The low interest rate environment and pending reform has caused some investors to question the purpose of investing in money market funds…and rightly so. As such, we thought it would be valuable to address both issues on our blog and offer readers some perspective.
We use money market funds (MM funds) as a place to park cash, until we decide to invest it elsewhere. The advantages of the MM fund is that investors can gain incremental income in this zero rate environment with the ability to view this investment as the equivalent of same day cash. When the Fed does decide to raise rates, the differences will become clear, but at this point the liquidity is more important than the rate.
To put some context to this discussion on pending reform, I’d like to take a look back to September 2008, after the failure of Lehman Brothers, when the largest money fund in the nation “broke the buck” due to its holding of Lehman and some SIV’s (structured investment vehicles) associated with distressed mortgages. During the process, large institutional clients scrambled to get their cash out and caused a “run on the funds,” in this particular fund and other money funds with similar investment parameters. Banks directly involved in the crisis were unable and unwilling to provide liquidity to the funds that were seeing unprecedented outflows of assets.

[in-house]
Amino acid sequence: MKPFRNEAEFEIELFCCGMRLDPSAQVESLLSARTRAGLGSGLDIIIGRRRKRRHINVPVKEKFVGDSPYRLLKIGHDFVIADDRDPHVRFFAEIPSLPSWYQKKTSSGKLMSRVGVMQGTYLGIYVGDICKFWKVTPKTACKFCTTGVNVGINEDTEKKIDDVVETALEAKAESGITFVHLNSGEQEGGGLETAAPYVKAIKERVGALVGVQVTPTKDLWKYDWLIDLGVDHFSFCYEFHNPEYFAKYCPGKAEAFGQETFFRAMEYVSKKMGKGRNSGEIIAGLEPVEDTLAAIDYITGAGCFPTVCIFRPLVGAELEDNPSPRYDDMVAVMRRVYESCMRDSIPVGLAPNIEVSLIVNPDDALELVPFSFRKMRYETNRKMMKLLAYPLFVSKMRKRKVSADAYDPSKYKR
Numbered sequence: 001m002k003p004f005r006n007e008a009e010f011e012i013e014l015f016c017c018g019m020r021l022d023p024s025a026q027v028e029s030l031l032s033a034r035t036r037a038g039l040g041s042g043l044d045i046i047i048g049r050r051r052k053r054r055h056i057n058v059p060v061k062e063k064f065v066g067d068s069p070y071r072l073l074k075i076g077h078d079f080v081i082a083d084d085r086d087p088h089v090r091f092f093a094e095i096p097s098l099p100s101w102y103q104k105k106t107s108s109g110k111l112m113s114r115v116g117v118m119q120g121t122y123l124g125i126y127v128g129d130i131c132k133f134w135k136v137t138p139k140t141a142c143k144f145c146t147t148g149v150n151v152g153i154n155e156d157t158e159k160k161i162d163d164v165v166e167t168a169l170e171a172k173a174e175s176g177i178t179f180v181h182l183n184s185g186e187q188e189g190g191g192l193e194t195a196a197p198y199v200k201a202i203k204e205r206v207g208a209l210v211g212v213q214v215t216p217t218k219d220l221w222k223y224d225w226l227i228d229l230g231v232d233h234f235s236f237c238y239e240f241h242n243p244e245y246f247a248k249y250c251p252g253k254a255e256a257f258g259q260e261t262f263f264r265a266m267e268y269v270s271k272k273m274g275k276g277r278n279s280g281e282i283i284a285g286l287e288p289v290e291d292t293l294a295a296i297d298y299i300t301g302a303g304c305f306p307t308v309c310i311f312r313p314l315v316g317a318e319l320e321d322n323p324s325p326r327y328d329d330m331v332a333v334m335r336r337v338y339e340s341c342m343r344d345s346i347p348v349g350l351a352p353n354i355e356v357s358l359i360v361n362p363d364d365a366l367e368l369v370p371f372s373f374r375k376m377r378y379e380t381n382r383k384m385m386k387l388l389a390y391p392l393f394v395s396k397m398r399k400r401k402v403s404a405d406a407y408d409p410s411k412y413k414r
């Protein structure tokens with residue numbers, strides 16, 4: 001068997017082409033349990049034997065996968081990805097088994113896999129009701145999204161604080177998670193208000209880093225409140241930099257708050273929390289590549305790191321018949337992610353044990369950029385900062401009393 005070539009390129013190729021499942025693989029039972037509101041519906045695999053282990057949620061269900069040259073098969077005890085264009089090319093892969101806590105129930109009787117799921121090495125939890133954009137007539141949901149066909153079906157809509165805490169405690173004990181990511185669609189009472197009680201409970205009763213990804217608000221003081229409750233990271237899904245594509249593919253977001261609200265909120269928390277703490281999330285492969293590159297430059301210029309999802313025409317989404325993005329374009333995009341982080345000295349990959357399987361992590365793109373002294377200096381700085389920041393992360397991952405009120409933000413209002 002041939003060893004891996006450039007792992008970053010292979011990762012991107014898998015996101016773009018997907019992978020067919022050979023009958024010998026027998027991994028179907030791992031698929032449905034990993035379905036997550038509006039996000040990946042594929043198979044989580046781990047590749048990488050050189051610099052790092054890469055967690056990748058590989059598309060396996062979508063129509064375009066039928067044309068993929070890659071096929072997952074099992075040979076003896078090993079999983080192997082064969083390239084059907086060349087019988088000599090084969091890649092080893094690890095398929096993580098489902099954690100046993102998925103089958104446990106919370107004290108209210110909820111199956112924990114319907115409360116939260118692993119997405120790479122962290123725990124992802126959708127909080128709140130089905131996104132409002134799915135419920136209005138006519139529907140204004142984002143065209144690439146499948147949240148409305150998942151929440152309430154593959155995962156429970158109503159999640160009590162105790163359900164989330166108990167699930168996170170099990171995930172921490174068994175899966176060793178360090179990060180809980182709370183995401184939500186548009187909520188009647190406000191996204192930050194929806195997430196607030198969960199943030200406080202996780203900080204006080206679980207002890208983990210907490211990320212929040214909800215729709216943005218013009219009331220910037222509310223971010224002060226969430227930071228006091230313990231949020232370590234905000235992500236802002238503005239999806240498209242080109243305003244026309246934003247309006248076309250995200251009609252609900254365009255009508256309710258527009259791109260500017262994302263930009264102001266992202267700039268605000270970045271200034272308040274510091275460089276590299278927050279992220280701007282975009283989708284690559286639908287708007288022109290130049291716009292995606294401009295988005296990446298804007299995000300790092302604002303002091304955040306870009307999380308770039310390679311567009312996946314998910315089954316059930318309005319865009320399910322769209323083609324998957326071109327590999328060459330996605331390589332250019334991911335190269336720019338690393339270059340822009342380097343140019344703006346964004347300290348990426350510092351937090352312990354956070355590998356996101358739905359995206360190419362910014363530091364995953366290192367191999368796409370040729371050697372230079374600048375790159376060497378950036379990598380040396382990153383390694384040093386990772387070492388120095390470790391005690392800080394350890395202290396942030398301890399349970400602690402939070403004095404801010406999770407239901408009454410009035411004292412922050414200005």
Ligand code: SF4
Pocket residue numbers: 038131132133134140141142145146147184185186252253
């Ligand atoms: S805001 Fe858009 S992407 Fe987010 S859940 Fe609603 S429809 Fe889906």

In order to put some stability into the market, the SEC and other regulators had to essentially insure the assets and assure the public that their cash would be safe in these funds. At the same time, boards of these funds put “gates” up to stem the outflows of cash and limited the investor to how much they could take out during each quarter. These unprecedented actions ultimately succeeded in preserving the investors’ cash, but it highlighted some serious flaws in the system. This brings us to where we are today with Money Market Reforms.
After much back and forth between the policy makers and the fund managers, the SEC has decided to implement a series of reforms that go into effect in 2016. These reforms are largely directed on institutional clients that could front run the retail client and leave them holding the bag after the fog clears. By separating the institutional client from the retail client, the regulators believe they can protect the retail client from large losses. Although these regulations sound good on the surface, it still remains to be seen if they will be effective amid another crisis.
While there have been reforms to address the liquidity and prevent a run on the funds, the fundamental risks of investing in these funds have not changed. The retail funds will maintain the ability to mark these funds at a constant $1 net asset value (NAV) but, just like in 2008, there is a chance the assets in the fund can depreciate. They have never been risk-free and should not be viewed as such.
The new money fund regulations will not affect the $1 constant NAV of retail clients, but the underlying risks of investing in these funds, from a credit standpoint remain unchanged. If rates rise, the value of these funds, along with almost all other fixed income instrument will decrease, but the yields the client receives should increase in conjunction.